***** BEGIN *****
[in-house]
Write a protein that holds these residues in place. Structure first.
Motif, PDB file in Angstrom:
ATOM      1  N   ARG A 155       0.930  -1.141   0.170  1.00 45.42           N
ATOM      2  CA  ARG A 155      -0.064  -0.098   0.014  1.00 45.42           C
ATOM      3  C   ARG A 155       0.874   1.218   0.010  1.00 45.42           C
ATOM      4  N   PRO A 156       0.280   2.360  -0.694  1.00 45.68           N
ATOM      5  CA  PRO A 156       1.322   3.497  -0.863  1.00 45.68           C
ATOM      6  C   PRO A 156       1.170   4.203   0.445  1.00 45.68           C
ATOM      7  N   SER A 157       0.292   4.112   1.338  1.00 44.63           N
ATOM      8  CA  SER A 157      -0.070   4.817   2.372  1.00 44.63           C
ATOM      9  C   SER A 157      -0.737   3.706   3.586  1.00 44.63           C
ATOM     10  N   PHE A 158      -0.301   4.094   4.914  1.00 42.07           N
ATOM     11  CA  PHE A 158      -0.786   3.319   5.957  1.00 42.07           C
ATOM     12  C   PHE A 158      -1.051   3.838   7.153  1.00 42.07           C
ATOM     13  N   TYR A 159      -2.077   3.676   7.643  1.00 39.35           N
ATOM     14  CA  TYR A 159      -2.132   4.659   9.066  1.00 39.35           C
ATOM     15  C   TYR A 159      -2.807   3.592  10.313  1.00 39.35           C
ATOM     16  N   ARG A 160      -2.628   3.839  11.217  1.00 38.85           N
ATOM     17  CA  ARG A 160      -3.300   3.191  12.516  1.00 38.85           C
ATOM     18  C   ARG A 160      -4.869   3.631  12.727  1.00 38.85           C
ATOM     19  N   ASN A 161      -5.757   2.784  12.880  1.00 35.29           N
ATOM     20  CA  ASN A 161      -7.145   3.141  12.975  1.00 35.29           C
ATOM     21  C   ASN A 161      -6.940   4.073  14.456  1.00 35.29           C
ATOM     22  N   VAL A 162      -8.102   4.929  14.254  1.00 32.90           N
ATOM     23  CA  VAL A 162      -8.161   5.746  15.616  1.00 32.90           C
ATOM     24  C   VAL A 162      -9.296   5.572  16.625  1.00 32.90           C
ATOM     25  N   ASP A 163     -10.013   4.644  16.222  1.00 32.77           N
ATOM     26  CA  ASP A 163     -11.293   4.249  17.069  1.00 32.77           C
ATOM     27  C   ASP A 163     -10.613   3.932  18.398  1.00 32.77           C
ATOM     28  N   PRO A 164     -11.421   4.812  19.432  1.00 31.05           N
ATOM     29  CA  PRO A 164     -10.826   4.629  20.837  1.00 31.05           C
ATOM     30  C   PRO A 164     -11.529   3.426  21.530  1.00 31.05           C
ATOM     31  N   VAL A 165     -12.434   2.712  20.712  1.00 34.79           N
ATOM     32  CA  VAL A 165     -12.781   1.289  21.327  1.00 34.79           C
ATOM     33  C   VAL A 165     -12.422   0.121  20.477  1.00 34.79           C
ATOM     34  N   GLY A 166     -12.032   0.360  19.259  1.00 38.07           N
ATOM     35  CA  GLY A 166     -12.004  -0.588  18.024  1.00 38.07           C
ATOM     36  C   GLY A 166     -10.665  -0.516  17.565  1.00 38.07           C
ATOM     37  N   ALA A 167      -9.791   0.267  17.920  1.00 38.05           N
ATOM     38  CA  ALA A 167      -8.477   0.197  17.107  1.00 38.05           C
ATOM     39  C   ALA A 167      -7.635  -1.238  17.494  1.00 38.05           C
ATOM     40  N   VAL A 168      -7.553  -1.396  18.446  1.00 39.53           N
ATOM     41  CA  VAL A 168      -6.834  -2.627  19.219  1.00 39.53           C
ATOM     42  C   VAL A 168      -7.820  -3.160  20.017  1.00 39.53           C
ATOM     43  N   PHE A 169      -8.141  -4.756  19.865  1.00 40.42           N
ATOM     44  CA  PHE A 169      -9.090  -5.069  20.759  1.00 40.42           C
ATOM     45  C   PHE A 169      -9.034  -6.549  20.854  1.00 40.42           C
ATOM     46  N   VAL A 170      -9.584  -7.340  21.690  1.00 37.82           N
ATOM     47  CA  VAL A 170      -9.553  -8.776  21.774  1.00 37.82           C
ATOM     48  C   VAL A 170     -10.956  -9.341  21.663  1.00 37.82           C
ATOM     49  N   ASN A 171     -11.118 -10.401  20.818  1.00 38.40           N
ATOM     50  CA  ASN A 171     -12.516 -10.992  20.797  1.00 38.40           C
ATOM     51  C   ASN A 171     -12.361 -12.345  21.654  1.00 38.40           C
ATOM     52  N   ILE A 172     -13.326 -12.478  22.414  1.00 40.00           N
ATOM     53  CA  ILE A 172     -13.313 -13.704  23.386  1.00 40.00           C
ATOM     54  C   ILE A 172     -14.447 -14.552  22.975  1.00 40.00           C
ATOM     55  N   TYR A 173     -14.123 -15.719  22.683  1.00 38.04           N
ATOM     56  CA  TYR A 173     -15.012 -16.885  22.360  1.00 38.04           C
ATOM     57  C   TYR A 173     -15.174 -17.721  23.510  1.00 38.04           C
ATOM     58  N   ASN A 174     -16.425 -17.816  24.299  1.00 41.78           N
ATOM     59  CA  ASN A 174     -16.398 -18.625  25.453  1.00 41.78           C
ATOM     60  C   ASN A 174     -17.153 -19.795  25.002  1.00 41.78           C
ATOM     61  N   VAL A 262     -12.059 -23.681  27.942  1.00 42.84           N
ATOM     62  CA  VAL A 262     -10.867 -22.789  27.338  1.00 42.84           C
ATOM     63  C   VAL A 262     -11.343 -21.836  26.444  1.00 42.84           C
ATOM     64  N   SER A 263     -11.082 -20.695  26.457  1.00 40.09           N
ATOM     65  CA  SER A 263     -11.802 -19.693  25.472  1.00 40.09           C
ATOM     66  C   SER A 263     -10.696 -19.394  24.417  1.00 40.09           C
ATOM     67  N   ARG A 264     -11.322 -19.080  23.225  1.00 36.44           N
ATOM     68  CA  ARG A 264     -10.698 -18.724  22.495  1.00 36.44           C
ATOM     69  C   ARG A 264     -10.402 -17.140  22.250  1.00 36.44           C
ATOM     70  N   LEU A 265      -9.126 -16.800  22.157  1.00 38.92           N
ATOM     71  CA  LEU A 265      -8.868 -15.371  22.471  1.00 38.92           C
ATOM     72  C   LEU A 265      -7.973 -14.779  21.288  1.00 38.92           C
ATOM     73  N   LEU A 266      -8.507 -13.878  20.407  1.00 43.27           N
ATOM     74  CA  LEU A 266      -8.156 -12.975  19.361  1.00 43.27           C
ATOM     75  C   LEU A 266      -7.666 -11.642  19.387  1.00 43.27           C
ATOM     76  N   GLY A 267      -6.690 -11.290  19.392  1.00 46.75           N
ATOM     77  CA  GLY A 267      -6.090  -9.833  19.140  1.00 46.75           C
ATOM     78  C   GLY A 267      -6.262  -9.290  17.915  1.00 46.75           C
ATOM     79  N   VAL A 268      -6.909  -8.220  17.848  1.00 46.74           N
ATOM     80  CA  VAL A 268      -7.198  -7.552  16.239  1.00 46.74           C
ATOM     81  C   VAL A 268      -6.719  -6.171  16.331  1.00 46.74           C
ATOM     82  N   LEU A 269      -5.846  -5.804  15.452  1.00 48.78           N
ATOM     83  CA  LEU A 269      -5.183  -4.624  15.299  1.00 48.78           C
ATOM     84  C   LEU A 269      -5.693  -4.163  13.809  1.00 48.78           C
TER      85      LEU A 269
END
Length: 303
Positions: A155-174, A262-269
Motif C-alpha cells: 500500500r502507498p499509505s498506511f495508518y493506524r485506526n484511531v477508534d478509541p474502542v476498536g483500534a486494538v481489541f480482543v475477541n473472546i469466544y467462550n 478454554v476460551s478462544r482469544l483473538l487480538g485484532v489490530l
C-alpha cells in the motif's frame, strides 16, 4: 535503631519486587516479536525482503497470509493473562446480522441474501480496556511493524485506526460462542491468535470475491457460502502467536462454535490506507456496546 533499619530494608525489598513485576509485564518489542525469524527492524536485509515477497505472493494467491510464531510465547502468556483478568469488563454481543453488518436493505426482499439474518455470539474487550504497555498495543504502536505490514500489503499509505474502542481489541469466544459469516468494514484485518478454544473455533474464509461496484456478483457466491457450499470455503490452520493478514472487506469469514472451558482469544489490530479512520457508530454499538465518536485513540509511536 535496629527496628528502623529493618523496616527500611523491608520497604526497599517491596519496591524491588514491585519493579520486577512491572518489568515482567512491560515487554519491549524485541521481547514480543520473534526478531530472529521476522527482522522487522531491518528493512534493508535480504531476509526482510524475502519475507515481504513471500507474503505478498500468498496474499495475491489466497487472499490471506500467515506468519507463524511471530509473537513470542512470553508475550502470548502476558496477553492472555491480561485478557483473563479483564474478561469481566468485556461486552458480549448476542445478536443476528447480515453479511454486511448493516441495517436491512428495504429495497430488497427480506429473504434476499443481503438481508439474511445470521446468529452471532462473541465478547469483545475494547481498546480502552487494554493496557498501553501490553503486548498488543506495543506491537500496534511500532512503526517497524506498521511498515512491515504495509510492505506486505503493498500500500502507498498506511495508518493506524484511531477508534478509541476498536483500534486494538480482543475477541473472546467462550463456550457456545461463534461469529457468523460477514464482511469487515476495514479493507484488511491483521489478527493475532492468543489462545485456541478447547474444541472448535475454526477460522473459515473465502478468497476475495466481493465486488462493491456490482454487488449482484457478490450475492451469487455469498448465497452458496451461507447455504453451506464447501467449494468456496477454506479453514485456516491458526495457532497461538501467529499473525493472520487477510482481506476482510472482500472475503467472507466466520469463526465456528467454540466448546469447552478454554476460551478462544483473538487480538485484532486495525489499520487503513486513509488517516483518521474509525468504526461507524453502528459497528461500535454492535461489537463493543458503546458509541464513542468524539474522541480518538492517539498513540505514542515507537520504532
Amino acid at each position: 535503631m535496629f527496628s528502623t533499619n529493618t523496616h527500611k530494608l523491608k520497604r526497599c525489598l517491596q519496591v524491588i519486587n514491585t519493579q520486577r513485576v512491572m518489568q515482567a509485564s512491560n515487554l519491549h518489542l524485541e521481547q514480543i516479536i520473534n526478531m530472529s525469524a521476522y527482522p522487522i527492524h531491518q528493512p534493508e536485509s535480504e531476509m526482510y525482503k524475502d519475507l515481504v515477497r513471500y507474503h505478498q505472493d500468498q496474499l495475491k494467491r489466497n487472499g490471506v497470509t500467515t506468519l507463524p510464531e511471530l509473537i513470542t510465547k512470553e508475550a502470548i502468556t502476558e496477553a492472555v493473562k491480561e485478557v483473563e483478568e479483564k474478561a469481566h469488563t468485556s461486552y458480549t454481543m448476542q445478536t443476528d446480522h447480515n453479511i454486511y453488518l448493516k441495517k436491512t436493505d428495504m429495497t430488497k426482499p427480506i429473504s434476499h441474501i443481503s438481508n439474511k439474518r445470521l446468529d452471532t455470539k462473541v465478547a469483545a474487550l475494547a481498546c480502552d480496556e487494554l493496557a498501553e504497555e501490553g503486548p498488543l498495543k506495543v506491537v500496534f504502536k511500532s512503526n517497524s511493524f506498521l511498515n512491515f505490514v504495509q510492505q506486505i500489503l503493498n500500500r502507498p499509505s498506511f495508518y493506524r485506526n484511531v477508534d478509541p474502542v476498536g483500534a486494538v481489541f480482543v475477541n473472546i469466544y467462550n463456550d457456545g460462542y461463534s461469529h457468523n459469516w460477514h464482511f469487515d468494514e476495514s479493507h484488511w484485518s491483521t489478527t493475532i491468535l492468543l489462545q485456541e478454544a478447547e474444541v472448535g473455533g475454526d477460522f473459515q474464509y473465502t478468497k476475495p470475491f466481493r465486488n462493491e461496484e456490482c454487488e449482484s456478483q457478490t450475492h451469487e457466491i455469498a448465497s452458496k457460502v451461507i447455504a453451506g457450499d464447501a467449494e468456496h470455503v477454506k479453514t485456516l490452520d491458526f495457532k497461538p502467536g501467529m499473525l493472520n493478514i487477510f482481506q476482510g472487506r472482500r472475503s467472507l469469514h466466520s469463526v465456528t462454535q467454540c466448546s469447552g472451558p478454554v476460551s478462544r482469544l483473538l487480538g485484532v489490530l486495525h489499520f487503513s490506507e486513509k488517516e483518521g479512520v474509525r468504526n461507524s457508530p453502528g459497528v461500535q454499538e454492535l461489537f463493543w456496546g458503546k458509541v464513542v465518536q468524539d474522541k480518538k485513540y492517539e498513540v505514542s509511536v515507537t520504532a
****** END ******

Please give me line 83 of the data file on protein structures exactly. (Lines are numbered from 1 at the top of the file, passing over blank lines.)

ATOM     80  CA  VAL A 268      -7.198  -7.552  16.239  1.00 46.74           C